4. Baghasa, H. (2005). Non-Tariff Barriers in the Great Arab Free Trade Area.National Agricultural Policy Center, Policy Brief No. 5.

5. Beghin, J. C. (2006). Non-tariff Barriers.Working Paper 06-WP 438, Iowa State University.

6. Benáček, V. (2003).Determining Factors of Exports and Imports: A Synthesis of Explanatory Paradigms.IIASA-ETI Occasional Paper No. 11.

7. Canlas, Corinnea (2009). GATT Issues, Gut Issues. Philippine Journal of Third World Studies, 24,115-134.

8. Chemingui, M. A. and Dessus, S. (2008). Assessing Non-Tariff Barriers in Syria.Journal of Policy Modeling, 30, 917- 928.

9. Chen, M.X., Otsuki, T. and Wilson, J.S. (2006). Do Standards Matter for Export Success? World Bank Policy Research Working Paper No.3809, Washington D.C.: World Bank.

10. Clausing, K. A. (2000). Does Multinational Activity Displace Trade. Economic Inquiry, 38, 190-205.

11. Coughlin, C. C. and Wood, G. E. (1989).An Introduction to Non-Tariff Barriers to Trade.Federal Reserve Bank of St. Louis.

12. Daquila T.C. and Huy, L.H. (2003).Singapore and ASEAN in the Global Economy.The Case of Free Trade Agreements.Asian Survey, 43, 908-928.

13. Daumal, M. and Özyurt, S. (2011).The Impact of International Trade Flows on Economic Growth in Brazilian States.Review of Economics and Institutions, 2, 1-25.

14. De, P. (2006).Why Trade Costs Matter?Asia-Pacific Research and Training Network on Trade Working Paper Series, No. 7.

15. Eaton, J. and Tamura, A. (1994). Bilateralism and Regionalism in Japanese and US Trade and Direct Foreign Investment Patterns. NBER Working Paper, No. 4758, Cambridge, MA.

16. Engle, R. F. and Granger C. W. J. (1987).Cointegration and Error Correction Representation: Estimation and Testing. Econometrica, 55, 251-76.

17. European Chamber of Commerce in Singapore (2010).Summary of Barriers to Trade and Services in Singapore.Regional Trade Committee.

18. Fang, W. S. and Miller, S. M. (2004).Exchange Rate Depreciation and Exports: The Case of Singapore Revisited. Department of Economics Working Paper Series, 2004-45. University of Connecticut.

19. Fontagne, L., Mimouni, M. and Pasteels, J.M. (2005).Estimating the Impact of Environmental SPS and TBT on International Trade.Integration and Trade, 28, 7-37.

20. Gebrehiwet, Y., Ngqangweni, S. and Kirsten, J.F. (2007). Quantifying the Trade Effect of Sanitary and Phytosanitary Regulations of OECD Countries on South African Food Exports.Agrekon, 46, 23-39.

21. Goldstein, M. and M.S. Khan (1978). The Supply and Demand for Exports: A Simultaneous Approach. The Review of Economics and Statistics, 60, 275-286.

22. Hassan, M.K. and D.R. Tufte (1998).Exchange Rate Volatility and Aggregate Export Growth in Bangladesh.Applied Economics, 30, 189- 202.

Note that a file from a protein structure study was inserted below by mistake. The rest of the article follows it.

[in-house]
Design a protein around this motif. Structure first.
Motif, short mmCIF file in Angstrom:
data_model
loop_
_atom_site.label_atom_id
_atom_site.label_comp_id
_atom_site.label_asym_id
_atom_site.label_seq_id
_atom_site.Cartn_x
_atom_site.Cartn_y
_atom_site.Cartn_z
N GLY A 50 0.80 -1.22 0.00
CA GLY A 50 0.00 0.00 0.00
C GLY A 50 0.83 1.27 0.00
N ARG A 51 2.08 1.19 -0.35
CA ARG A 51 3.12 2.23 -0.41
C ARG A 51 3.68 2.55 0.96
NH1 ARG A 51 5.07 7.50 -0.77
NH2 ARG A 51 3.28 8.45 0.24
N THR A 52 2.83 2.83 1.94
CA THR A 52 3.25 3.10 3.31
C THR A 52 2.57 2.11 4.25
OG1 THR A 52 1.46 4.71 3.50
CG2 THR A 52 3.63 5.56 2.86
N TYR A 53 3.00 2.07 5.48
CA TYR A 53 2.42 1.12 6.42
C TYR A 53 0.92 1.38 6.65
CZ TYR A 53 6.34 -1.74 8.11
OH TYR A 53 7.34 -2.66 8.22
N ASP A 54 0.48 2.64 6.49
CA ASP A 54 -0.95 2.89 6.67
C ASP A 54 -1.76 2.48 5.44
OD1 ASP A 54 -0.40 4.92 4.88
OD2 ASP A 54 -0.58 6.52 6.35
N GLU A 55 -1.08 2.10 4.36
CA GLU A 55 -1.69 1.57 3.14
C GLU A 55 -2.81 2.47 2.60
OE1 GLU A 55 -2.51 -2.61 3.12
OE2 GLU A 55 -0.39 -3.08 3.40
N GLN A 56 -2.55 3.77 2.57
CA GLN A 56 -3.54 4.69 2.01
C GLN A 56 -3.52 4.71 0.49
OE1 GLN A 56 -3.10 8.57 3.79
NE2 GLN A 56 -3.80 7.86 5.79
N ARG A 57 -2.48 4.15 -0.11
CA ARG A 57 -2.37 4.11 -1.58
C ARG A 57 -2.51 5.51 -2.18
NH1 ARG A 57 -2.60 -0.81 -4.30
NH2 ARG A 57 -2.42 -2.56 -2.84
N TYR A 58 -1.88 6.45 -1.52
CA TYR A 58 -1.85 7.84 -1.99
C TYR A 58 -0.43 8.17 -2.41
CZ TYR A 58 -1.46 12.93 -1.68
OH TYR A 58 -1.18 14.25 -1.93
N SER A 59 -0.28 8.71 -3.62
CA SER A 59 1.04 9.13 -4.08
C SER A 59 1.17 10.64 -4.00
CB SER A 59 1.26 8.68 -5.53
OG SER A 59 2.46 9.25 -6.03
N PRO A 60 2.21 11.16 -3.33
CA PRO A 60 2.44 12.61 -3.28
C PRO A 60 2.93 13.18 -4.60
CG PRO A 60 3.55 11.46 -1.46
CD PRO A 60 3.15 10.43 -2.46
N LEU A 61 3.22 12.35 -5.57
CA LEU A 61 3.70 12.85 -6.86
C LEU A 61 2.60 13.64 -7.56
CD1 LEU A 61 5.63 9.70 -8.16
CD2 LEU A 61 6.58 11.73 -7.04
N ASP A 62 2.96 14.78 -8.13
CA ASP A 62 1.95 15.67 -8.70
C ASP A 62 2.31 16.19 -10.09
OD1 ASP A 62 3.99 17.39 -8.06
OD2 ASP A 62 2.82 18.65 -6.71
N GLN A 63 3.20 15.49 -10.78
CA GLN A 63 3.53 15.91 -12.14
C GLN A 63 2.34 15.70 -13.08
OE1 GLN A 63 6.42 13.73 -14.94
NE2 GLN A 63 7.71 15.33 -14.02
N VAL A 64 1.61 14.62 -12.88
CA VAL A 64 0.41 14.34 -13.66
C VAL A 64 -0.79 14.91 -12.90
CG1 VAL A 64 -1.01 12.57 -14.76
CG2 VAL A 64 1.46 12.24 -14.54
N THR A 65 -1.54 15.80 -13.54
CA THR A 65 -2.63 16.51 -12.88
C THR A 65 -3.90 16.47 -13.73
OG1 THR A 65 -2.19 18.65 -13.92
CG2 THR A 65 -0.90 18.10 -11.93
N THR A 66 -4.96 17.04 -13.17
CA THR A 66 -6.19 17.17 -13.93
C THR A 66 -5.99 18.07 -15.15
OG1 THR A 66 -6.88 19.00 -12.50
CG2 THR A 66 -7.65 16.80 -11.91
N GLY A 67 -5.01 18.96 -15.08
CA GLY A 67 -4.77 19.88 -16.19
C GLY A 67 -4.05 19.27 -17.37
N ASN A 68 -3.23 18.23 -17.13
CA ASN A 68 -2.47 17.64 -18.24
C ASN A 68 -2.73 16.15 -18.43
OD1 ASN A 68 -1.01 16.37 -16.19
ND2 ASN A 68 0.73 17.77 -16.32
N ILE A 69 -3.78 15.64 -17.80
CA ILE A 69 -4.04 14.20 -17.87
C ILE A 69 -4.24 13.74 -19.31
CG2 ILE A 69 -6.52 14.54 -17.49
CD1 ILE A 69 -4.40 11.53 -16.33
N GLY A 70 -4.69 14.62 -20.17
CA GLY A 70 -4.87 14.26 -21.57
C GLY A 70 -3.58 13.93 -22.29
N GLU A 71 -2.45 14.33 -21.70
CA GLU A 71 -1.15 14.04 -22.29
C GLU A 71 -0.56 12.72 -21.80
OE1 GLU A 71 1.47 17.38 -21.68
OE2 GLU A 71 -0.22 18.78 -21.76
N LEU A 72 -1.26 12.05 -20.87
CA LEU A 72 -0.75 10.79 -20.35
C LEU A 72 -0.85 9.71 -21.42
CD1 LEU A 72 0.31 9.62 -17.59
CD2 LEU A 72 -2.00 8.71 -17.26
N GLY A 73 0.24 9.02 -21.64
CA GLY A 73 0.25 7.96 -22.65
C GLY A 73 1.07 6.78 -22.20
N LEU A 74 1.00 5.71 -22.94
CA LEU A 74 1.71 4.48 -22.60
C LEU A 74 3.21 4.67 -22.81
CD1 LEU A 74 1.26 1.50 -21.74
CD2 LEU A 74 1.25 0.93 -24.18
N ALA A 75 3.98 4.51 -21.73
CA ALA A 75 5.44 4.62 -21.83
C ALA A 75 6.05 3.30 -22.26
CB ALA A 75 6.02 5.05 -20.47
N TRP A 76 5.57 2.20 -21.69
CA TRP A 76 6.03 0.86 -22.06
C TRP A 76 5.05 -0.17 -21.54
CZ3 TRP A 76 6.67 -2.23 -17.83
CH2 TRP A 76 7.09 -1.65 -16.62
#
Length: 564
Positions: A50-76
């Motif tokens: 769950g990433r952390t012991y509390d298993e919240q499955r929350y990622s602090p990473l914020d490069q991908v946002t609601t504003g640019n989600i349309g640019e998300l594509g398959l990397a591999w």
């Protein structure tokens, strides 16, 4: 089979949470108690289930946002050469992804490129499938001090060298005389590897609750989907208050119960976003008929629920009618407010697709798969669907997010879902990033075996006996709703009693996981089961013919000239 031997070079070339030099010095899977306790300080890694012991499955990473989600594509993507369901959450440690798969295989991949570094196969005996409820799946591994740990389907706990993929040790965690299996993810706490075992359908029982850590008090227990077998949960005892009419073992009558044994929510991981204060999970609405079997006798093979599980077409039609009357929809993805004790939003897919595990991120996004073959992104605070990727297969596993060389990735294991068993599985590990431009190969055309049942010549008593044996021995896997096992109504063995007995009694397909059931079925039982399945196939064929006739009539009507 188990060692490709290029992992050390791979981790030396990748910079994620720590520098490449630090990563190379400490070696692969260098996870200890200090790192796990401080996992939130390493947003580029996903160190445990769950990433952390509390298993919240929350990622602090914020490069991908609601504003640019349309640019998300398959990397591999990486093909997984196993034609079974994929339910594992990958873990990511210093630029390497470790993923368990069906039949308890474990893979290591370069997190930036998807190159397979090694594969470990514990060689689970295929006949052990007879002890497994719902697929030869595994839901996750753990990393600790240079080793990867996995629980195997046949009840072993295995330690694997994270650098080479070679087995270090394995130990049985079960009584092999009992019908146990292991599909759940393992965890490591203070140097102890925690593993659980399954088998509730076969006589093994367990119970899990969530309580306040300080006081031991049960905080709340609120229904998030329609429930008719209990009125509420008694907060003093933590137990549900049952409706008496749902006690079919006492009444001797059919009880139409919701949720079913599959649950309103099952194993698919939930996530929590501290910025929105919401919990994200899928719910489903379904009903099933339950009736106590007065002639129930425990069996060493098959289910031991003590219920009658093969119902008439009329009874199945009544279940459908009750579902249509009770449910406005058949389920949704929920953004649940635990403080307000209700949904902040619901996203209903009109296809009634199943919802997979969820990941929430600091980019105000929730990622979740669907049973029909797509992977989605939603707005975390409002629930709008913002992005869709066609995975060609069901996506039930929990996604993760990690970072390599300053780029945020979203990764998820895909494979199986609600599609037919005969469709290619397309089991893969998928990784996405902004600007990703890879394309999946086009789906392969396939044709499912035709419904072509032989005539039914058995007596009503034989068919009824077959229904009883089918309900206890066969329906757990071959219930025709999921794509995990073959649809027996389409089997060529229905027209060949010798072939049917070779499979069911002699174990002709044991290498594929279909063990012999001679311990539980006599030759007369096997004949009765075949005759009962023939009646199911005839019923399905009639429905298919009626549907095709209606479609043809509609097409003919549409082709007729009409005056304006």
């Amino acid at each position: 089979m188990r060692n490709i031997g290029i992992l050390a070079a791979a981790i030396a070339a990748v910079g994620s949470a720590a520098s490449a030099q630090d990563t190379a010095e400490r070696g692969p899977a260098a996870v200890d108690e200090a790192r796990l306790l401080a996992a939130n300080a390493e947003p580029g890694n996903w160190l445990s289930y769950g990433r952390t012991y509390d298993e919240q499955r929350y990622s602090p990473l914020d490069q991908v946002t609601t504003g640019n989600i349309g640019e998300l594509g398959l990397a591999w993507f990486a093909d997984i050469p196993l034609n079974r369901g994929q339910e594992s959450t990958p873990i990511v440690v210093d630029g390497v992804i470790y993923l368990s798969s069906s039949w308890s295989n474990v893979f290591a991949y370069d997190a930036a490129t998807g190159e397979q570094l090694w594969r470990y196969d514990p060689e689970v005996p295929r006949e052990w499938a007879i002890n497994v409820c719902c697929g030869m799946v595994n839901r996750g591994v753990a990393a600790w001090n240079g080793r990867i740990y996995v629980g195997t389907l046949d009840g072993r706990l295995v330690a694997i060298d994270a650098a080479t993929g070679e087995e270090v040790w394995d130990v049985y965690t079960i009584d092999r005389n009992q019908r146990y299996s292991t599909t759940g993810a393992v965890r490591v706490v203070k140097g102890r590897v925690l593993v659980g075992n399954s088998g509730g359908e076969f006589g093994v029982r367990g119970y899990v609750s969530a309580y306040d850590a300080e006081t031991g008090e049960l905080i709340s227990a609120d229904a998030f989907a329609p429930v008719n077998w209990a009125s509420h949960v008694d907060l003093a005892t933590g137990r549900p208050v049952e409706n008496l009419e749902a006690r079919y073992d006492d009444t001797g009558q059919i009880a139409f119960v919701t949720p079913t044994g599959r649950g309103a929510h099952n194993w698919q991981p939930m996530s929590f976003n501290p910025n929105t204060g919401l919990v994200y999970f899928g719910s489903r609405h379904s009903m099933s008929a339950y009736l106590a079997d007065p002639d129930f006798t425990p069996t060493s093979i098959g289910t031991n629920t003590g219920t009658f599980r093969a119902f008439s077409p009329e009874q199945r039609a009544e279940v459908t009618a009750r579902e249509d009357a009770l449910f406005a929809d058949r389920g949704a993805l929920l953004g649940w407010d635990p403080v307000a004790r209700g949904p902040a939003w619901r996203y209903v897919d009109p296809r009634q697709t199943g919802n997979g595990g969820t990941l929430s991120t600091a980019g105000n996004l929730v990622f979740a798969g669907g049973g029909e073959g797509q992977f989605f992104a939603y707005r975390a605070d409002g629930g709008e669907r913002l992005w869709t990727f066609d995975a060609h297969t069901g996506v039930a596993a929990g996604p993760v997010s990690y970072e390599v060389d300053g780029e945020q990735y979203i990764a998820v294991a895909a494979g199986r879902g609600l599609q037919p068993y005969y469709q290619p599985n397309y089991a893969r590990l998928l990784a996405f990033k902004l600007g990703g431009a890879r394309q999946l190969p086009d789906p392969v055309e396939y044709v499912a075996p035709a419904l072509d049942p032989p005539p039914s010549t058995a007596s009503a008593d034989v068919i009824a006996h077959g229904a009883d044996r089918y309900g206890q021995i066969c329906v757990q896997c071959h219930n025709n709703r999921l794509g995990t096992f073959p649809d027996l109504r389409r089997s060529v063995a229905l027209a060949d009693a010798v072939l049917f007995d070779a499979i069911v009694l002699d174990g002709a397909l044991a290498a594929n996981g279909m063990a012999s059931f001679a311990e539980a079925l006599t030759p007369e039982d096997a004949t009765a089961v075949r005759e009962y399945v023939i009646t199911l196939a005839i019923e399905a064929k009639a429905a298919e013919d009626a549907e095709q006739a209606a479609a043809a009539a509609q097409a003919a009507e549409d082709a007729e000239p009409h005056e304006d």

23. Iacovone, L. (2005) The Analysis and Impact of Sanitary and Phytosanitary Measures. Integration and Trade, 28, 97- 140.

24. Jakubiak, M., Maliszewska, M., Orlova, I., Rokicka, M. and Vavryschuk, V. (2006).Non-tariff Barriers in Ukrainian Export to the EU.Center for Social and Economic Research. Warsaw.

25. Kaihatu, Thomas Stefanus (2003). AFTA: Indonesian Industrialist and Customs Perspective, JurnalManajemen&Kewirausahaan, 5, 112-122.

26. Katircioglu, S., Eminer, F., Aga, M. and Ozyigit, A. (2010).Trade and Growth in the Pacific Islands – Empirical Evidence from the Bounds Test to Level Relationships and Granger Causality Tests.Romanian Journal of Economic Forecasting, 4, 88-101.

27. Kremers, J. J. M., Ericsson, N. R., and Dolado, J. J. (1992). The Power of Cointegration Tests, Oxford Bulletin of Economics and Statistics, 54, 325-348.

28. Ma, Jing and Lu, Yuduo (2011). Free Trade or Protection: A Literature Review on Trade Barriers. Research in World Trade. 2, 69-76

29. Marandu, E., E. (2008). Strategy Factors Associated With the Export Performance of Manufacturing Firms. Export Performance of Firms, 11, 33-76.

30. Milanzi, A. Mursali (2012).The Impact of Barriers on Export Behaviour of a Developing Country Firms: Evidence from Tanzania, International Journal of Business and Management, 7, 10-18.

31. Mmasi, J. andIhiga, S. (2007). A Survey of Non-Tariff Barriers that Affect Tanzanian Imports and Exports Within EAC, SADC and COMESA Countries. Trade and Investment Consortium, Kenya.

32. Narayan, P. K. (2005). The Saving and Investment Nexus for China: Evidence from Cointegration Tests, Applied Economics, 37, 1979-1990.

33. O’Neill, H. and Ross.W. (1991).Exchange Rates and South Korean Exports to OECD Countries.Applied Economic,23, 1227- 1236.

34. Otsuki, T., and Wilson, J.S. and Sewadeh, M. (2001).Saving Two in a Billion: Quantifying the Trade Effect of European Food Safety Standards on African Exports.Food Policy, 26, 495-514.

35. Pesaran, M. H., and Shin, Y. (2002).Long- Run Structural Modelling.Econometric Reviews, 21, 49-87.

36. Pesaran, M. H., Shin, Y., and Smith, R. J. (2000). Structural Analysis of Vector Error Correction Models with Exogenous I(1) Variables. Journal of Econometrics, 97, 293-343.

37. Roe, T. (2004).International Trade as a Source of Economic Growth: Trade Barriers and Institutions.American Association for the Advancement of Science Annual Meeting, Seattle Washington.

38. Sachs, J. and Warner, A. (1995).Economic Reform and the Process of Global Integration. Brookings Papers on Ecotzornic Activity, 1, 1-118.

39. Smith, M. (2004).Impact of the Exchange Rate on Export Volumes.Reserve Bank of New Zealand, 67, 5-13.

40. Summer, D. A., Smith, V. H. and Rosson, C. P. (2007).Tariff and Non-Tariff Barriers to Trade.www.coursehero.com/file/3208602/ rr-2007-02. Retrieved 23 March 2013.

41. Wacziarg, R. and Welch, K. H. (2003).Trade Liberalization and Growth: New Evidence. NBER Working Paper Series 10152.

42. Weil, N. David (2009).Economic Growth. New York: Pearson.

43. Winkelmann, L. and Winkelmann, R. (1997). The Costs of Non-Tariff Barriers to Trade: Evidence from New Zealand. WeltwirtschaftlichesArchiv, 133, 270-281.
References
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Abstract:100